I was saddened to read that powerhouse Australian winery, Mollydooker, lost over $1,000,000 worth of their 2010 Velvet Glove Shiraz. And in a forklift accident, no less (462 cases fell 20 feet while being loaded onto a ship).
Australian fine wine needs all the help it can get and this bonehead move isn’t helping the cause. The American people needed this wine. Our shores have been saturated with cheap Australian swill like Yellow Tail and Black Opal for too long (check out the article I wrote last year about the sinking state of Australian wine).
There is a power balance at play here in the universe. And while most of us will rarely buy this wine (it retails around $199/bottle), I rest easy knowing that the resistance has punched through enemy lines and has met American cellars firsthand. The castle may be run by the Wal-Mart wineries like Yellow Tail (in 2005, they sold over 7.5 million cases in the US alone through outlets like Costco) but at least the shelves could be peppered with valiant warriors to offset them. This year, they didn’t even get off the dock.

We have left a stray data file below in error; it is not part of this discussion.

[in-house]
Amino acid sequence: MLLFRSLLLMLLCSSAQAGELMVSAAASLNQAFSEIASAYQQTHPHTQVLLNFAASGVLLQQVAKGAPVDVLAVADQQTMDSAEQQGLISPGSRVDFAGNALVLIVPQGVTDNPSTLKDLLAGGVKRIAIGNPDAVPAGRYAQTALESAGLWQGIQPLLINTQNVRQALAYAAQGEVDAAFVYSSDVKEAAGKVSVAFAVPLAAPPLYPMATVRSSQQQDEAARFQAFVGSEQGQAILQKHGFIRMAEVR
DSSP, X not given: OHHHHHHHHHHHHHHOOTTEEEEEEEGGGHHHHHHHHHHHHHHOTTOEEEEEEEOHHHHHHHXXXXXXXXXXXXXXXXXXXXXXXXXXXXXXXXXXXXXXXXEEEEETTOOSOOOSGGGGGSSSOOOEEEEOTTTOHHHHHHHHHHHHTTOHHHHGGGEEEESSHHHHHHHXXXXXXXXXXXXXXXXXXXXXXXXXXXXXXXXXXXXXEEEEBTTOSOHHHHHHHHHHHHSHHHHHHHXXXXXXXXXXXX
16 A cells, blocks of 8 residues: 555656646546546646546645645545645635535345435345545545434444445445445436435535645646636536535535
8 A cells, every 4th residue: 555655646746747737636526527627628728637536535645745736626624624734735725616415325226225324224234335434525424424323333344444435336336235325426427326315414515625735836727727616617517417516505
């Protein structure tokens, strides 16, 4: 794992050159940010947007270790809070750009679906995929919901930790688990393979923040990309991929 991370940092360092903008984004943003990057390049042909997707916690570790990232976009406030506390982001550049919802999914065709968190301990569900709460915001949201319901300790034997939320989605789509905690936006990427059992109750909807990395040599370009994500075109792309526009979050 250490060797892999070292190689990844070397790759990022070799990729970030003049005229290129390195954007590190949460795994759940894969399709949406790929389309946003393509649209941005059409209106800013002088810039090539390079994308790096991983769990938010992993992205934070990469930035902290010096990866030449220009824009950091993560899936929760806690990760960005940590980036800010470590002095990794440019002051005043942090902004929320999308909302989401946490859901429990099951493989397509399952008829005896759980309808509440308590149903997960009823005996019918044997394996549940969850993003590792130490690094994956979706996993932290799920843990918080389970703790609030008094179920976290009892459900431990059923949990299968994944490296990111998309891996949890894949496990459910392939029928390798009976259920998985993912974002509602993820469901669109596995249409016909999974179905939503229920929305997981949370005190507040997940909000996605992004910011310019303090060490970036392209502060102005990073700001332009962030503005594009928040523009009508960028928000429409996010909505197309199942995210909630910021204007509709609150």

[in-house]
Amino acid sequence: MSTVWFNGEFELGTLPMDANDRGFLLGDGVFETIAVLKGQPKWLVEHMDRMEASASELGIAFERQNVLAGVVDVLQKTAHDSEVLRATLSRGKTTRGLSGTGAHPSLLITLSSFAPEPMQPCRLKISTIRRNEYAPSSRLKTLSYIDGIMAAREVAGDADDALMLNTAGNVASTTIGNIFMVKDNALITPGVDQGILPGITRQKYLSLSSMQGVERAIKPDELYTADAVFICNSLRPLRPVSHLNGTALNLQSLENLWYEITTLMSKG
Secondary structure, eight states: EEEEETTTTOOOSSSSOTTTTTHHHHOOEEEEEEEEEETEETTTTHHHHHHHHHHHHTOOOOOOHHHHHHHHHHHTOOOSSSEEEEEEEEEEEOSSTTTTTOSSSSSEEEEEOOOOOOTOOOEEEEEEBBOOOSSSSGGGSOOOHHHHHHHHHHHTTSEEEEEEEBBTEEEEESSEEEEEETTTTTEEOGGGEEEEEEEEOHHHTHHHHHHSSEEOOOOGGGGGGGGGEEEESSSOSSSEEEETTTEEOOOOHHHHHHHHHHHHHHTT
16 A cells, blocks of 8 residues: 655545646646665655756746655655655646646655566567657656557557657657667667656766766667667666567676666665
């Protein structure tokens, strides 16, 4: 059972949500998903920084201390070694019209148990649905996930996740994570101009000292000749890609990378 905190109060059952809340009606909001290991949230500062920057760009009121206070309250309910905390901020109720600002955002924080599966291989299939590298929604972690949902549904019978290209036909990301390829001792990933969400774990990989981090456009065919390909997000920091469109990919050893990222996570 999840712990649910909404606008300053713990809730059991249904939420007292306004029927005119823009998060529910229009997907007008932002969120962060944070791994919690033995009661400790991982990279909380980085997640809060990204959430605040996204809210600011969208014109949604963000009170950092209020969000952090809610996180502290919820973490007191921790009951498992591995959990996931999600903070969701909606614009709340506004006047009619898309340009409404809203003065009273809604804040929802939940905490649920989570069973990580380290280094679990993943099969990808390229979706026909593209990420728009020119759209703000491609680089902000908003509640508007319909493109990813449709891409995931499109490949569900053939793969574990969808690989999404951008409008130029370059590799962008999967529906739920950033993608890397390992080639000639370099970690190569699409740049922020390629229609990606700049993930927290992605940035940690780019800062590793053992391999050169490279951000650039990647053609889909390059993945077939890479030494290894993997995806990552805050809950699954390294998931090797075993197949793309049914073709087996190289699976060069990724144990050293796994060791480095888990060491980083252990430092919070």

Mollydooker winemaker, Sparky Marquis, at least had a good sense of humor after hearing 1/3 of his entire years production (462 cases) was destroyed. He said, “When they opened up the container they said it was like a murder scene. But it smelled phenomenal.”
Do Sparky (and the Australian fine wine industry) a favor: the next time you go into your local wine shop for your magnum of Yellow Tail Shiraz, take a breath and ask the staff for a recommendation from a winery doing things the authentic, handcrafted way. There are many of them out there, you just may have to wade through the muck to find them.